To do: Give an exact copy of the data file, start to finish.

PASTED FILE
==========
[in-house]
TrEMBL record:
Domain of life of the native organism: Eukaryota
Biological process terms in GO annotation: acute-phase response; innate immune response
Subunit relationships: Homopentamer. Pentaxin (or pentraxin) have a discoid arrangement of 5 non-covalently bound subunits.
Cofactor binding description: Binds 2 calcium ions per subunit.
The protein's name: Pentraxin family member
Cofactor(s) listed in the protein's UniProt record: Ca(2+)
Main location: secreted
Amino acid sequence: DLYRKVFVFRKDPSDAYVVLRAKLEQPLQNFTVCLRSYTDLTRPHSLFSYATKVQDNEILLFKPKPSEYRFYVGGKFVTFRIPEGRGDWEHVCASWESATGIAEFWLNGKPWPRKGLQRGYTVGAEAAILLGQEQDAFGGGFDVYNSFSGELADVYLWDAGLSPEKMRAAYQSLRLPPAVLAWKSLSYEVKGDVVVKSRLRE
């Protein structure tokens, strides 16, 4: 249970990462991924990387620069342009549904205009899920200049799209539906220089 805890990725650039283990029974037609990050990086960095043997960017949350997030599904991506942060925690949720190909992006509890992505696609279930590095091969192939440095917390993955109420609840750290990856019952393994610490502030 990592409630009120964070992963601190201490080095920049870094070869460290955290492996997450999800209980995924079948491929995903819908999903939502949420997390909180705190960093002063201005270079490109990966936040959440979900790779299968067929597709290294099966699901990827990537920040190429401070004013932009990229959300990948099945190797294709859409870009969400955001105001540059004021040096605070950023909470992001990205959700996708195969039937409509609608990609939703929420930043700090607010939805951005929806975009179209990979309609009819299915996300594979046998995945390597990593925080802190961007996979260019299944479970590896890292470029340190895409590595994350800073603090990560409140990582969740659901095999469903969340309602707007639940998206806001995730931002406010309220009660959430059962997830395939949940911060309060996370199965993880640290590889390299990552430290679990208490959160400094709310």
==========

[in-house]
TrEMBL record:
Domain of life of the native organism: Eukaryota
Biological process terms in GO annotation: acute-phase response; innate immune response
Subunit relationships: Homopentamer. Pentaxin (or pentraxin) have a discoid arrangement of 5 non-covalently bound subunits.
Cofactor binding description: Binds 2 calcium ions per subunit.
The protein's name: Pentraxin family member
Cofactor(s) listed in the protein's UniProt record: Ca(2+)
Main location: secreted
Amino acid sequence: DLYRKVFVFRKDPSDAYVVLRAKLEQPLQNFTVCLRSYTDLTRPHSLFSYATKVQDNEILLFKPKPSEYRFYVGGKFVTFRIPEGRGDWEHVCASWESATGIAEFWLNGKPWPRKGLQRGYTVGAEAAILLGQEQDAFGGGFDVYNSFSGELADVYLWDAGLSPEKMRAAYQSLRLPPAVLAWKSLSYEVKGDVVVKSRLRE
């Protein structure tokens, strides 16, 4: 249970990462991924990387620069342009549904205009899920200049799209539906220089 805890990725650039283990029974037609990050990086960095043997960017949350997030599904991506942060925690949720190909992006509890992505696609279930590095091969192939440095917390993955109420609840750290990856019952393994610490502030 990592409630009120964070992963601190201490080095920049870094070869460290955290492996997450999800209980995924079948491929995903819908999903939502949420997390909180705190960093002063201005270079490109990966936040959440979900790779299968067929597709290294099966699901990827990537920040190429401070004013932009990229959300990948099945190797294709859409870009969400955001105001540059004021040096605070950023909470992001990205959700996708195969039937409509609608990609939703929420930043700090607010939805951005929806975009179209990979309609009819299915996300594979046998995945390597990593925080802190961007996979260019299944479970590896890292470029340190895409590595994350800073603090990560409140990582969740659901095999469903969340309602707007639940998206806001995730931002406010309220009660959430059962997830395939949940911060309060996370199965993880640290590889390299990552430290679990208490959160400094709310």